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Surface Duo Gets Microsoft Garage Sketch 360 Application

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While the Microsoft Garage division can be hit and miss with successes, when a new idea lands it’s usually a good one. We can file Sketch 360 under Microsoft Garage wins. This is a design app that has been relatively popular on Windows 10. Now, Microsoft is bringing the tool to the new Surface Duo smartphone.

As you may guess from the name, Sketch 360 is a digital design tool that allows users to quickly take notes of ideas for 3D spaces. The app takes those drawings and projects them inside a sphere, with the user in the center. In this space, users can test concepts before heading to a full model.

Microsoft’s Michael Scherotter, who developed the app as a “passion project” confirmed its availability on the Google Play Store. Below is the company’s description of the app

“Whether you are an architect, a VR designer, an urban sketcher, a 3D game designer or a 360 video producer, you can easily construct an accurate sketch from a single viewpoint that’s easily shareable online using Sketch 360.”

Available Now

Of course, the dual screens of the Surface Duo make it a perfect device for apps like this. Microsoft says Sketch 360 is fully optimized for its new Android smartphone. This means it reads the pressure-sensitive Surface Pen as it would on a touch-screen laptop.

More interestingly, the app will also function on any other Android smartphone. Users can download Sketch 360 for Surface Duo on Android at the Google Play Store here.

Microsoft has been shipping the Surface Duo smartphone since earlier this month, although only to customers in the United States. Reviews have been mixed for the $1,399 handset, with most agreeing it’s amazing hardware, average performance, and very much a first-gen product.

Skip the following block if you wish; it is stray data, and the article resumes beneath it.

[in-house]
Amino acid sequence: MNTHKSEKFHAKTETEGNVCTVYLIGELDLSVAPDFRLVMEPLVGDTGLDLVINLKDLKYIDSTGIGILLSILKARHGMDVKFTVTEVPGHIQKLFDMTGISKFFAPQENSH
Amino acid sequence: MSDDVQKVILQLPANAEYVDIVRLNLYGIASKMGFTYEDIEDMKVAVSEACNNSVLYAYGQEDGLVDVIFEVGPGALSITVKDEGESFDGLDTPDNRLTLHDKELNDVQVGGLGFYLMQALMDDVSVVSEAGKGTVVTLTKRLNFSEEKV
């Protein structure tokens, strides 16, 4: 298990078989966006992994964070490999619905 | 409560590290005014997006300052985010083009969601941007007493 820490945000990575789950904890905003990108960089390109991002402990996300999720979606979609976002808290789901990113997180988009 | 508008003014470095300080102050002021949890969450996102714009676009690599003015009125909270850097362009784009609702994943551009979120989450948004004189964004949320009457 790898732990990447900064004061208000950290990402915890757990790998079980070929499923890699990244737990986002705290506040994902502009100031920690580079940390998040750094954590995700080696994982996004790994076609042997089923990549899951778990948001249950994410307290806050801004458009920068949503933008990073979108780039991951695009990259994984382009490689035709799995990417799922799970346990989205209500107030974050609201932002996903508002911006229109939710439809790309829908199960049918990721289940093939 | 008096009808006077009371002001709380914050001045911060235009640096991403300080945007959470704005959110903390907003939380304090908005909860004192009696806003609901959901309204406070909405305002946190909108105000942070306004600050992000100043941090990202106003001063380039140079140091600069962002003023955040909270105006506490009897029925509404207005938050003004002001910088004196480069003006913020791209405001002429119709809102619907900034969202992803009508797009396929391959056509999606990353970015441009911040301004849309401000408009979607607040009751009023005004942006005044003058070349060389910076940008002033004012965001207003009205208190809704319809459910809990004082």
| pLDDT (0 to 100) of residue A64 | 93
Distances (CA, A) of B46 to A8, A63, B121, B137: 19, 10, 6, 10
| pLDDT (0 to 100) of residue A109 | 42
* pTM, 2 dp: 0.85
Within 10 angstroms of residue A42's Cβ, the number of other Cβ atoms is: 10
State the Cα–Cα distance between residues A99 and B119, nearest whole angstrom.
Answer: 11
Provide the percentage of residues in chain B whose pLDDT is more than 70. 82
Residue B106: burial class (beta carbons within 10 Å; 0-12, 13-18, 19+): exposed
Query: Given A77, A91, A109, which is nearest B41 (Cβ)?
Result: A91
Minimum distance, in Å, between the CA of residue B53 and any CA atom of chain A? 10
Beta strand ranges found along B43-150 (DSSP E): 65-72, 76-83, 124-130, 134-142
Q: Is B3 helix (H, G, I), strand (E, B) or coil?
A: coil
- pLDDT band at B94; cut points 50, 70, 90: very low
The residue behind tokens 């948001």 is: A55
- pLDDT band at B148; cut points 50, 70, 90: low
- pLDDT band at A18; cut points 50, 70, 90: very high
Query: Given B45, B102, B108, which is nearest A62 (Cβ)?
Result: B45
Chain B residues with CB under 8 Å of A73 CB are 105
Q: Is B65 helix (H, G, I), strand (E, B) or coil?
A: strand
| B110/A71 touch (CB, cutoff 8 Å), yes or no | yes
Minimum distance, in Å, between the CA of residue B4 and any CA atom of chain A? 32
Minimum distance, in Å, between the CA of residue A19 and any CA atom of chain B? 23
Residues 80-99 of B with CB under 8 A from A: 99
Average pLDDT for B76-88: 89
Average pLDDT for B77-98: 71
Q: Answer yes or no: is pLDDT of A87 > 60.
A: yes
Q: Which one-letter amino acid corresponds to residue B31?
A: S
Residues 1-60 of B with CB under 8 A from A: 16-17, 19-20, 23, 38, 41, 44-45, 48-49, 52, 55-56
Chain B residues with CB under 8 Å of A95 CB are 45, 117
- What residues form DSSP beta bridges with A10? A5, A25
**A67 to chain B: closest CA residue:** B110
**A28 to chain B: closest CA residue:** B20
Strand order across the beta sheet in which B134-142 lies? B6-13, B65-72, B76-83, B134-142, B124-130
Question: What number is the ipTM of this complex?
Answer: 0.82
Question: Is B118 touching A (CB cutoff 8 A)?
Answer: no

Source Winbuzzer

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Technology

Welcoming Paul Robichaux to the Practical 365 Team

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Let me tell you a story.

My father loved every sort of gadget. He was an avid ham radio outlet, loved tinkering with engines and mechanical things, and had a lengthy background in industrial construction, doing everything from selling large projects such as hospitals and airports to working as a site foreman to driving a backhoe. I inherited a lot of his qualities, including a tendency to chase shiny objects and a deep love for taking things apart to understand how they work.

One magical day in 1977, he came home with a large, scuffed-up cardboard box that said “TRS-80” on the side. He’d built a new building for a local appliance vendor and had received the computer as payment for a side job of adding a wet bar in the owner’s office. We eagerly set it up, made a quick jaunt to Radio Shack to buy a book on BASIC programming, and that was the last my mom saw of us for quite some time. I was 9. By the time I was 11, I had spent so much time hanging around the local Radio Shack asking annoying questions that the manager there introduced me to a customer who needed some minor changes made to his accounts payable reports, and I got my first paying job as a software developer—and I’ve been doing it ever since.